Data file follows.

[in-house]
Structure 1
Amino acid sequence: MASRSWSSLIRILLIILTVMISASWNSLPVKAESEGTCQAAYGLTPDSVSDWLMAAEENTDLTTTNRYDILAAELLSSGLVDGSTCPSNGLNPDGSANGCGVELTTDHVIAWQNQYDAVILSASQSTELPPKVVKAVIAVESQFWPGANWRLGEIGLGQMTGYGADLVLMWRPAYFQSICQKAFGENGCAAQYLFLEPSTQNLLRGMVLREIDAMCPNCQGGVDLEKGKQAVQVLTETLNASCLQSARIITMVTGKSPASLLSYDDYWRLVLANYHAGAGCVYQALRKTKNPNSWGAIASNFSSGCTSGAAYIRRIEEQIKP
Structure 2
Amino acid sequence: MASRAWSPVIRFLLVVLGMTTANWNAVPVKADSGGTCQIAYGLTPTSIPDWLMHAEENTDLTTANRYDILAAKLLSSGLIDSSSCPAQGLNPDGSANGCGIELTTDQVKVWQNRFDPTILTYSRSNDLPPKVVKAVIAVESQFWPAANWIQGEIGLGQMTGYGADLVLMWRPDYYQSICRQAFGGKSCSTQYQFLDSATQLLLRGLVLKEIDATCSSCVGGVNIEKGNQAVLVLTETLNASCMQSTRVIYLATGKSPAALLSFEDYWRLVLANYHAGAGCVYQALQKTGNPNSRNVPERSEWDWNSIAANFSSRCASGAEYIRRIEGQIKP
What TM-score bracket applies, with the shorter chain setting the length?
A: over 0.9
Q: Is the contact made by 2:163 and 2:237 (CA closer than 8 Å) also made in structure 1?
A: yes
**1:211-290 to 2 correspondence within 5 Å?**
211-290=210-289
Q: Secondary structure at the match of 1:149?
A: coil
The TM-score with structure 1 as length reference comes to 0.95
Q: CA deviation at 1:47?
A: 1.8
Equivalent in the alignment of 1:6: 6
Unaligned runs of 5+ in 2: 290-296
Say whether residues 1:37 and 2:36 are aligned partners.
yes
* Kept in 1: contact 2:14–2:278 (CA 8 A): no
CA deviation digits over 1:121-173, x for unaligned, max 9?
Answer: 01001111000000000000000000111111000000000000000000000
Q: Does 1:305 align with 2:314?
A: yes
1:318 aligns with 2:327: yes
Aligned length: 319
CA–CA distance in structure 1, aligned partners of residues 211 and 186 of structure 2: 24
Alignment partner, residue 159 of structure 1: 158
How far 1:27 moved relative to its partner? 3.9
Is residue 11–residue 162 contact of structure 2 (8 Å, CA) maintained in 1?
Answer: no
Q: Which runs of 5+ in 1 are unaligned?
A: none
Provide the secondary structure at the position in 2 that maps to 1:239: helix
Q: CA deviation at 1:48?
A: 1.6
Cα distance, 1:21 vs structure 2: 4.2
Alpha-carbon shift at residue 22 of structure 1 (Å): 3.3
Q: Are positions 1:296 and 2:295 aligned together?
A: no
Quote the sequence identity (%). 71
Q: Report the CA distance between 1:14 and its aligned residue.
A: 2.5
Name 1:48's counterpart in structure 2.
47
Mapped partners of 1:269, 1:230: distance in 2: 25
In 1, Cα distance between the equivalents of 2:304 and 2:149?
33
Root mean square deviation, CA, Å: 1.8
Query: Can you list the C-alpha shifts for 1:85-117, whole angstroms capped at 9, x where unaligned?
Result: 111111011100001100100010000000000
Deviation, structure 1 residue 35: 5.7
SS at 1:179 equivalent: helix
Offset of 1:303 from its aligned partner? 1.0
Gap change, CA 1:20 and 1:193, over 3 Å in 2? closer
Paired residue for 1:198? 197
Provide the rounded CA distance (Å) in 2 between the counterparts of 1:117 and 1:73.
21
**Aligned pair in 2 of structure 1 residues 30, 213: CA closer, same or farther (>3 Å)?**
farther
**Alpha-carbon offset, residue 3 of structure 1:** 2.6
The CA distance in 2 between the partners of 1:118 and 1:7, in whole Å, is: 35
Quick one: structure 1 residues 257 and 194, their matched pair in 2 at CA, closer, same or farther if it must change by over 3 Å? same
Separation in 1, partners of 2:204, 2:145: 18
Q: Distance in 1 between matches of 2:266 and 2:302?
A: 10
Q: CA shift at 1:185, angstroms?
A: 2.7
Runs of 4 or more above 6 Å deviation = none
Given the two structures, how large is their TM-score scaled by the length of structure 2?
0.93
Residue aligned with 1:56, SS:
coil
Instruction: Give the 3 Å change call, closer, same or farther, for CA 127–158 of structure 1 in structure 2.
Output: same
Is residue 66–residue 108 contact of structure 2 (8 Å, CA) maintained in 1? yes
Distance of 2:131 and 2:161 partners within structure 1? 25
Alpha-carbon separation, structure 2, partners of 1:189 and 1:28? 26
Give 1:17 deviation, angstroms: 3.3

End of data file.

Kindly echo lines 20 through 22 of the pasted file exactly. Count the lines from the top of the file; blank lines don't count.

yes
* Kept in 1: contact 2:14–2:278 (CA 8 A): no
CA deviation digits over 1:121-173, x for unaligned, max 9?